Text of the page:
My gorgeous friend Liv wrote a very thought-provoking piece the other day (which you can read here, and give her a follow while you’re at it). She discussed a topic that I’ve seen floating around more and more often lately, in regards to the ‘blogging community’ and whether such a thing exists.
Let me start with one thing: I love blogging. In fact, I have been blogging in some form or another since before blogging was a thing. Such a hipster, I know. Like many of my peers, my teens were spent creating Piczo sites about myself and my friends, with obnoxious fonts and glittery call-to-action buttons. As I grew up and got more ‘mature’, I would post long and angsty diary-like entries on Livejournal, describing my mundane day at school, which boy I was obsessed with at the time, and how no one could possibly ever understand me. And of course, there was Blogger, where arguably it all began for many online influencers. Like many others, I jumped on the beauty and fashion bandwagon because, well, there was nothing else going on at the time. Sure, there were small groups of people writing about different things, but blogging about make up and clothes was the new ‘it’ thing, and as someone who was a late bloomer when it came to all things make up, I just wanted to be involved and talk about my new passion.
Though I loved writing about the new make up I was discovering and getting creative with my OOTDs (outfit of the day, for those not in the know), I eventually realised that my heart wasn’t in it. That I loved beauty, and fashion especially, but I just didn’t have the budget for a vast make up or skincare collection, or to keep up with the latest highstreet trends. In my second year of university, I did a feature writing course, and I posited the idea of a blog with no particular ‘niche’ to my tutor, who was quick to dismiss me. “No one will be interested in a blog without a niche,” she said. After a long, long, long break to gain some perspective and figure out just what I wanted to put out in my online space, I thought, fuck it. I don’t need a ‘niche’, I just want to write about what I want, and people can like it or lump it.
So in December 2015, after actually having the blog and domain for a year without posting anything, Whimsicella emerged into the world wide web like a glorious phoenix rising from the ashes. I was ready to take the bull by the horns and tell anyone and everyone who would listen (read) what was on my mind.
Back then, I wasn’t really aware of the ‘blogging community’ per se. I knew there were other bloggers out there, obvs, who became friends with each other because of their shared interests, and got their follows by… I don’t know, tweeting a lot? Taking bomb-ass selfies? Sheer force of luck and good karma? I wasn’t quite aware of the epicentre that was the ‘blogging community’ that hosted literally thousands of other bloggers, just like me, until about February or March of last year.
And initially, I thought it was great, and still do to some extent. I think it’s great that people can get together to share their interests and lift each other up, and how there’s not only one large, catch-all blogging community, but also tiny little subsects, depending on what specifically you write about, or y’know, your ‘niche’.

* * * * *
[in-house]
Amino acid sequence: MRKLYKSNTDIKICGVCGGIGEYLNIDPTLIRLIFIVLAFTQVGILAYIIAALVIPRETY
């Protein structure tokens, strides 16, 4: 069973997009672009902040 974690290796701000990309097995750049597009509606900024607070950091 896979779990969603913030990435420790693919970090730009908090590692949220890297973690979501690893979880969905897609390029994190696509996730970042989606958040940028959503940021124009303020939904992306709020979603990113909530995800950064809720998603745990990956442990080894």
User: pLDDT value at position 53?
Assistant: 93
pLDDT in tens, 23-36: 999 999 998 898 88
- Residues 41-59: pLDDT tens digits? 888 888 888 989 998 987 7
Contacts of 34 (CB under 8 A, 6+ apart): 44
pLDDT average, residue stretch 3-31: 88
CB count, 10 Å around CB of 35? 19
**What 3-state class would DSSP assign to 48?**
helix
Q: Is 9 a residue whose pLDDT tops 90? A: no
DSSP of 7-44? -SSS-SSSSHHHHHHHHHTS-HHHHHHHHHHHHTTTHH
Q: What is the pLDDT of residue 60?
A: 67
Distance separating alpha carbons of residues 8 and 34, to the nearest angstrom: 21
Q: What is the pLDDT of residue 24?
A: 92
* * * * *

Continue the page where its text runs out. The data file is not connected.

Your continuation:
Mid-late last year, I felt myself burning out. Feeling unmotivated and not ‘good enough’. I tried so hard to be a part of this community that I loved so much, admired so many other bloggers for achieving such great things, that I felt that I was drowning. I found that a lot of what I was churning out, I wasn’t really passionate about. I was trying to fulfill a certain stereotype that came with being a blogger, such as doing a blogger tag post that I wasn’t that fussed about, but just needed some content for that week. I even tried keeping up with a consistent Instagram theme for a while. But none of that was me, and I quickly realised that to be happy in blogging, I need to write about stuff I wanted to write about, not just what got me views and got me accepted into this community. Essentially, I was back to square-one after beauty blogger-gate.
So where does that leave me now? I quickly found that there isn’t really a genre that encapsulates people-who-like-writing-and-just-want-to-put-their-writing-out-there. Except there is, because a lot of the people I’ve made friends with through blogging are indeed writer types like me, who prefer writing long form posts over two paragraph product reviews. And though they are fairly prominent members of the blogging community, only few of them ascribe themselves to the label ‘blogger’, but rather ‘writer who happens to have a blog.’
I have also noticed more and more of the bigger bloggers actually distancing themselves from the ‘blogger’ label, leaning more into titles like ‘social influencer’ or ‘content creator’. If this community is so great, so welcoming, so empowering, why are many choosing to disassociate themselves from the term ‘blogger’, and instead being ‘creatives with blogs’?
Writing tends to be a very solitary activity, whereas blogging is quite interactive. If you’re not really concerned about stats, or buying a big expensive camera to take those perfect blog photos, and hate scheduling your tweets 100 times a day, blogging can feel kinda draining at times. You just want to write and get your voice heard by similar minded folks. Where is the community for us who don’t write about make up or clothes, who tend to lean into more controversial topics, or who hate seeing flatlay after flatlay on Instagram? I’m sure there is a place for us somewhere, I’ve some people here and there, and you’re damn right I’m gonna keep looking and building that community.
I’m very aware blogging isn’t actually dead, but maybe my, and many others’, interpretation of it is.